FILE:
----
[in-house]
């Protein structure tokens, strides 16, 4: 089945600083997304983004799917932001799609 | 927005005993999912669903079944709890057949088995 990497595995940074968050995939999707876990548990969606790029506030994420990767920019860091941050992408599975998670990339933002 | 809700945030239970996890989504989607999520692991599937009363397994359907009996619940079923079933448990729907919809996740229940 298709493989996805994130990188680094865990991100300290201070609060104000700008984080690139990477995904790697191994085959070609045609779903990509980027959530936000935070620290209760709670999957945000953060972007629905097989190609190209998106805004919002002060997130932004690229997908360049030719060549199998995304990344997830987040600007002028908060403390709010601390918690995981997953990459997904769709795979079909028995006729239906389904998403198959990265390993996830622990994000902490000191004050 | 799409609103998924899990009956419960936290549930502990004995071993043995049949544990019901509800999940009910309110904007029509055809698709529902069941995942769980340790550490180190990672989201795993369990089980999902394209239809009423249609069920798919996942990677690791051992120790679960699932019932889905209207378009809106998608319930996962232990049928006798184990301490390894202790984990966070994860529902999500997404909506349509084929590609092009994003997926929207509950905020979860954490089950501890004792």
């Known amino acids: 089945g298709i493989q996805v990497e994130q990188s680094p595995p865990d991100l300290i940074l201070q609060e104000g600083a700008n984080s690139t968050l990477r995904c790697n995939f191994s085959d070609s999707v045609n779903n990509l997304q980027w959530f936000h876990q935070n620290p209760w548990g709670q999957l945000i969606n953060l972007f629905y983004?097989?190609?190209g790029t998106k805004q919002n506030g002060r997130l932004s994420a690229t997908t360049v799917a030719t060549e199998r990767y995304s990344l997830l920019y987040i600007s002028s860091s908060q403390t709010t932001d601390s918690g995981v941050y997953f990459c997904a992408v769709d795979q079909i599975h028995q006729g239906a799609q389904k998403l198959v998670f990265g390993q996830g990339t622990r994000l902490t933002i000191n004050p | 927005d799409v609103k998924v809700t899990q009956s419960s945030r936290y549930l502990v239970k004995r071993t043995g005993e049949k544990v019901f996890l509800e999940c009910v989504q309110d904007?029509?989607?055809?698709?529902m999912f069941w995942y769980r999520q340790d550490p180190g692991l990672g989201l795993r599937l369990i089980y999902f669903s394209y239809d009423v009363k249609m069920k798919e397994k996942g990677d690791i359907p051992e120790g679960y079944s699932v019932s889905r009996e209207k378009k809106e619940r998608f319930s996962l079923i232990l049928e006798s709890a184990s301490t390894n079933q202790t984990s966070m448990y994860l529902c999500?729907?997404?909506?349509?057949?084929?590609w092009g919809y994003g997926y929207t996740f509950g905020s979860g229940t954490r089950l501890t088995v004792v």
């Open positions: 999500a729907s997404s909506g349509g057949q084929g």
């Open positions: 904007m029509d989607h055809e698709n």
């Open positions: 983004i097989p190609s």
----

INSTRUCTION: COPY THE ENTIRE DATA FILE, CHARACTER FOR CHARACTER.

[in-house]
């Protein structure tokens, strides 16, 4: 089945600083997304983004799917932001799609 | 927005005993999912669903079944709890057949088995 990497595995940074968050995939999707876990548990969606790029506030994420990767920019860091941050992408599975998670990339933002 | 809700945030239970996890989504989607999520692991599937009363397994359907009996619940079923079933448990729907919809996740229940 298709493989996805994130990188680094865990991100300290201070609060104000700008984080690139990477995904790697191994085959070609045609779903990509980027959530936000935070620290209760709670999957945000953060972007629905097989190609190209998106805004919002002060997130932004690229997908360049030719060549199998995304990344997830987040600007002028908060403390709010601390918690995981997953990459997904769709795979079909028995006729239906389904998403198959990265390993996830622990994000902490000191004050 | 799409609103998924899990009956419960936290549930502990004995071993043995049949544990019901509800999940009910309110904007029509055809698709529902069941995942769980340790550490180190990672989201795993369990089980999902394209239809009423249609069920798919996942990677690791051992120790679960699932019932889905209207378009809106998608319930996962232990049928006798184990301490390894202790984990966070994860529902999500997404909506349509084929590609092009994003997926929207509950905020979860954490089950501890004792």
């Known amino acids: 089945g298709i493989q996805v990497e994130q990188s680094p595995p865990d991100l300290i940074l201070q609060e104000g600083a700008n984080s690139t968050l990477r995904c790697n995939f191994s085959d070609s999707v045609n779903n990509l997304q980027w959530f936000h876990q935070n620290p209760w548990g709670q999957l945000i969606n953060l972007f629905y983004?097989?190609?190209g790029t998106k805004q919002n506030g002060r997130l932004s994420a690229t997908t360049v799917a030719t060549e199998r990767y995304s990344l997830l920019y987040i600007s002028s860091s908060q403390t709010t932001d601390s918690g995981v941050y997953f990459c997904a992408v769709d795979q079909i599975h028995q006729g239906a799609q389904k998403l198959v998670f990265g390993q996830g990339t622990r994000l902490t933002i000191n004050p | 927005d799409v609103k998924v809700t899990q009956s419960s945030r936290y549930l502990v239970k004995r071993t043995g005993e049949k544990v019901f996890l509800e999940c009910v989504q309110d904007?029509?989607?055809?698709?529902m999912f069941w995942y769980r999520q340790d550490p180190g692991l990672g989201l795993r599937l369990i089980y999902f669903s394209y239809d009423v009363k249609m069920k798919e397994k996942g990677d690791i359907p051992e120790g679960y079944s699932v019932s889905r009996e209207k378009k809106e619940r998608f319930s996962l079923i232990l049928e006798s709890a184990s301490t390894n079933q202790t984990s966070m448990y994860l529902c999500?729907?997404?909506?349509?057949?084929?590609w092009g919809y994003g997926y929207t996740f509950g905020s979860g229940t954490r089950l501890t088995v004792v």
């Open positions: 999500a729907s997404s909506g349509g057949q084929g």
């Open positions: 904007m029509d989607h055809e698709n």
């Open positions: 983004i097989p190609s």